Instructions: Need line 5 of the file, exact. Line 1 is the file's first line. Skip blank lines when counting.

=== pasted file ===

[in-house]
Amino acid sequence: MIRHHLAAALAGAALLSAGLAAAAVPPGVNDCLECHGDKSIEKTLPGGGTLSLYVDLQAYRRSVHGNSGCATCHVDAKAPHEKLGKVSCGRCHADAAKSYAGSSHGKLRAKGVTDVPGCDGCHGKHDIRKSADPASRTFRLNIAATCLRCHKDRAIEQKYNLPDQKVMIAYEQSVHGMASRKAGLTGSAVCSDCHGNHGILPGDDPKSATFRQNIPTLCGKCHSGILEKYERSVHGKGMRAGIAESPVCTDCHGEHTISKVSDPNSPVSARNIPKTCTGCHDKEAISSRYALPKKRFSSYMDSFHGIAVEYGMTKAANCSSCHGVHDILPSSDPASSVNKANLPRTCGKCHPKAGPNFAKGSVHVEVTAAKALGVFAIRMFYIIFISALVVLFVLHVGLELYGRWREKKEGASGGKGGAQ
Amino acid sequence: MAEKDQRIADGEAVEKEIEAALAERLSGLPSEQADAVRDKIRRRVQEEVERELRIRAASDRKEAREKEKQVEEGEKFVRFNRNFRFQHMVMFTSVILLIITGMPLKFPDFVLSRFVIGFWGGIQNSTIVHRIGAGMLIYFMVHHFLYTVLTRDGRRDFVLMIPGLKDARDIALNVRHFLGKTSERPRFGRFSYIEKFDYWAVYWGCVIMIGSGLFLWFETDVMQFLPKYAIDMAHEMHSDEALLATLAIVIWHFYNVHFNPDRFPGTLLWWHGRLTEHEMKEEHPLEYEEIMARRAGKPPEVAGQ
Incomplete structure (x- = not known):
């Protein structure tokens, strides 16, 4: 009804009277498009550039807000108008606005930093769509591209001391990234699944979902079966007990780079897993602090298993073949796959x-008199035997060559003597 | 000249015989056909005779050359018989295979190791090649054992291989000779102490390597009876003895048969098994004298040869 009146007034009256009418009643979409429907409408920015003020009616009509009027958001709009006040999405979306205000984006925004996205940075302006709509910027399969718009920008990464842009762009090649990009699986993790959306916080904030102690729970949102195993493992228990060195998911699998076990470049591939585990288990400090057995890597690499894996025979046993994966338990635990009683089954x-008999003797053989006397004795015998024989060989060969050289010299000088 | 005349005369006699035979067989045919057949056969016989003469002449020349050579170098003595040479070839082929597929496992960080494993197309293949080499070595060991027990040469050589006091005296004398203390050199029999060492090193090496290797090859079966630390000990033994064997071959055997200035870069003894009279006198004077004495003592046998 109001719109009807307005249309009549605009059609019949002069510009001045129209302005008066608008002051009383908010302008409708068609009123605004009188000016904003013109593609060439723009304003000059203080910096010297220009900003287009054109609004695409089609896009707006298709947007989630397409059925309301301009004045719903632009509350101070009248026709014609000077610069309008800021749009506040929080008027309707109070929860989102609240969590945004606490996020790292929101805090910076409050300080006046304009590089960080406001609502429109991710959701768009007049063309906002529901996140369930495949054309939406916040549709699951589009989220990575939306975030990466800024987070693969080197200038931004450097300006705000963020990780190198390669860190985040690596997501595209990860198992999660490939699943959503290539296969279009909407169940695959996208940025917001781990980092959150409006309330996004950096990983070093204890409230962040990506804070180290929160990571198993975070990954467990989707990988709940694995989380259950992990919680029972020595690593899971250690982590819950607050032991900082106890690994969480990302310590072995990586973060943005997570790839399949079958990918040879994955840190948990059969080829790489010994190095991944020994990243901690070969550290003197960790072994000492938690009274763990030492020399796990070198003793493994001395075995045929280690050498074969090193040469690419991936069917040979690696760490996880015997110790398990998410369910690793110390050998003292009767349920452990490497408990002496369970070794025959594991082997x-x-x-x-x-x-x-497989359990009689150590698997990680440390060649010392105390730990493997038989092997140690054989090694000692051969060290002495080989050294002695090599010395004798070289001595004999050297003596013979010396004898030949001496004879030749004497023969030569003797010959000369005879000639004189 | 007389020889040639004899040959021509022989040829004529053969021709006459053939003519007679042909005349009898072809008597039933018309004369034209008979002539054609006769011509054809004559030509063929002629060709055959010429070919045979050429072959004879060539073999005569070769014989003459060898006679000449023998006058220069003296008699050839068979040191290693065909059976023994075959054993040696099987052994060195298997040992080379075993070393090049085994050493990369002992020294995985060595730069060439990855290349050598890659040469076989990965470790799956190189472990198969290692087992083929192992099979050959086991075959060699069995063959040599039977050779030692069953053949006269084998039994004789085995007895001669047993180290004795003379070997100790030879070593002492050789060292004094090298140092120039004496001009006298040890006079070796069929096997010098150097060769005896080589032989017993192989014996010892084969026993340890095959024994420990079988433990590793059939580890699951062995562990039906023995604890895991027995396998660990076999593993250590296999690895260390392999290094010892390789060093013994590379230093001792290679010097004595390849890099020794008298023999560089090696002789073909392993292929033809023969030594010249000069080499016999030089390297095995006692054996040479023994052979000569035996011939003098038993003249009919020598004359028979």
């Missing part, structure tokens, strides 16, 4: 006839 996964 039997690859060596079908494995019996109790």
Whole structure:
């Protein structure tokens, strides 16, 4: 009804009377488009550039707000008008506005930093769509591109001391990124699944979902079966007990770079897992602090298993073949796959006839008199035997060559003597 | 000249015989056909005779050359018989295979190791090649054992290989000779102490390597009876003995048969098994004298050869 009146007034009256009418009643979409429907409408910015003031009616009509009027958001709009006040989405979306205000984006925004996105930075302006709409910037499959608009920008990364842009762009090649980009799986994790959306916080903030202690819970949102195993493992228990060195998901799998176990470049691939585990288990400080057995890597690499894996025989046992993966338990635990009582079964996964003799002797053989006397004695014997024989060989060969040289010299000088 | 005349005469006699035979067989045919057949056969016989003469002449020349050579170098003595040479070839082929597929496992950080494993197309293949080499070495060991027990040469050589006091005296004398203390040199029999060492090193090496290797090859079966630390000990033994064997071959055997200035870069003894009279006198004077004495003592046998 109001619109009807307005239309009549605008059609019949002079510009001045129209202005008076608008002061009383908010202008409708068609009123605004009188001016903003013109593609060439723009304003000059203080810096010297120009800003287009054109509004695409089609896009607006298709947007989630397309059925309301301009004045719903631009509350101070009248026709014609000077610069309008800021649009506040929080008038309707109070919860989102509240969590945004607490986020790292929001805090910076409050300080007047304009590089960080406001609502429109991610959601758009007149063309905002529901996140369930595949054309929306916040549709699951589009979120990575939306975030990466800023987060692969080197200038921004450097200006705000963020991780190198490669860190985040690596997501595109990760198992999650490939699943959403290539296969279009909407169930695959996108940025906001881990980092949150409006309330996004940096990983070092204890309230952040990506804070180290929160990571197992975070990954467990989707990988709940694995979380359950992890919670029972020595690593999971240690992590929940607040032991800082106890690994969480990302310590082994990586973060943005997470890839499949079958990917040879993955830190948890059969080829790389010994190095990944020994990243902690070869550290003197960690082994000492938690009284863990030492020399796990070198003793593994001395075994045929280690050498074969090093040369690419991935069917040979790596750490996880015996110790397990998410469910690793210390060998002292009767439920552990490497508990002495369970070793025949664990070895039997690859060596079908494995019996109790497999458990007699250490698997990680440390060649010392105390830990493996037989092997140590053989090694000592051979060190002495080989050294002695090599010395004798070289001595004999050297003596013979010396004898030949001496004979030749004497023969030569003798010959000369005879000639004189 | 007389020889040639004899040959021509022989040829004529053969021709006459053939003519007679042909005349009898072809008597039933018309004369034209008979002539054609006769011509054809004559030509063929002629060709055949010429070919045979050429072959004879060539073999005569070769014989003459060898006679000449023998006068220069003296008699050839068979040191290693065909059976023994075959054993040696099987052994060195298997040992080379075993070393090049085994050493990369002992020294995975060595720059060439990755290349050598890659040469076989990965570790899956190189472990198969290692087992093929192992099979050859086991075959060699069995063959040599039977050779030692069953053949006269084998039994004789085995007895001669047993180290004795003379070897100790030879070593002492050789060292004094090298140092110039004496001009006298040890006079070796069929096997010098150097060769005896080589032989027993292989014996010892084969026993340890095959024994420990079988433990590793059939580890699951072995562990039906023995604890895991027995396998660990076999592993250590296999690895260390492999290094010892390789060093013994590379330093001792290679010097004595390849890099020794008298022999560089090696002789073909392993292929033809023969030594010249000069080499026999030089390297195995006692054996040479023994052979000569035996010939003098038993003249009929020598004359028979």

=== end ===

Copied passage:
């Protein structure tokens, strides 16, 4: 009804009277498009550039807000108008606005930093769509591209001391990234699944979902079966007990780079897993602090298993073949796959x-008199035997060559003597 | 000249015989056909005779050359018989295979190791090649054992291989000779102490390597009876003895048969098994004298040869 009146007034009256009418009643979409429907409408920015003020009616009509009027958001709009006040999405979306205000984006925004996205940075302006709509910027399969718009920008990464842009762009090649990009699986993790959306916080904030102690729970949102195993493992228990060195998911699998076990470049591939585990288990400090057995890597690499894996025979046993994966338990635990009683089954x-008999003797053989006397004795015998024989060989060969050289010299000088 | 005349005369006699035979067989045919057949056969016989003469002449020349050579170098003595040479070839082929597929496992960080494993197309293949080499070595060991027990040469050589006091005296004398203390050199029999060492090193090496290797090859079966630390000990033994064997071959055997200035870069003894009279006198004077004495003592046998 109001719109009807307005249309009549605009059609019949002069510009001045129209302005008066608008002051009383908010302008409708068609009123605004009188000016904003013109593609060439723009304003000059203080910096010297220009900003287009054109609004695409089609896009707006298709947007989630397409059925309301301009004045719903632009509350101070009248026709014609000077610069309008800021749009506040929080008027309707109070929860989102609240969590945004606490996020790292929101805090910076409050300080006046304009590089960080406001609502429109991710959701768009007049063309906002529901996140369930495949054309939406916040549709699951589009989220990575939306975030990466800024987070693969080197200038931004450097300006705000963020990780190198390669860190985040690596997501595209990860198992999660490939699943959503290539296969279009909407169940695959996208940025917001781990980092959150409006309330996004950096990983070093204890409230962040990506804070180290929160990571198993975070990954467990989707990988709940694995989380259950992990919680029972020595690593899971250690982590819950607050032991900082106890690994969480990302310590072995990586973060943005997570790839399949079958990918040879994955840190948990059969080829790489010994190095991944020994990243901690070969550290003197960790072994000492938690009274763990030492020399796990070198003793493994001395075995045929280690050498074969090193040469690419991936069917040979690696760490996880015997110790398990998410369910690793110390050998003292009767349920452990490497408990002496369970070794025959594991082997x-x-x-x-x-x-x-497989359990009689150590698997990680440390060649010392105390730990493997038989092997140690054989090694000692051969060290002495080989050294002695090599010395004798070289001595004999050297003596013979010396004898030949001496004879030749004497023969030569003797010959000369005879000639004189 | 007389020889040639004899040959021509022989040829004529053969021709006459053939003519007679042909005349009898072809008597039933018309004369034209008979002539054609006769011509054809004559030509063929002629060709055959010429070919045979050429072959004879060539073999005569070769014989003459060898006679000449023998006058220069003296008699050839068979040191290693065909059976023994075959054993040696099987052994060195298997040992080379075993070393090049085994050493990369002992020294995985060595730069060439990855290349050598890659040469076989990965470790799956190189472990198969290692087992083929192992099979050959086991075959060699069995063959040599039977050779030692069953053949006269084998039994004789085995007895001669047993180290004795003379070997100790030879070593002492050789060292004094090298140092120039004496001009006298040890006079070796069929096997010098150097060769005896080589032989017993192989014996010892084969026993340890095959024994420990079988433990590793059939580890699951062995562990039906023995604890895991027995396998660990076999593993250590296999690895260390392999290094010892390789060093013994590379230093001792290679010097004595390849890099020794008298023999560089090696002789073909392993292929033809023969030594010249000069080499016999030089390297095995006692054996040479023994052979000569035996011939003098038993003249009919020598004359028979």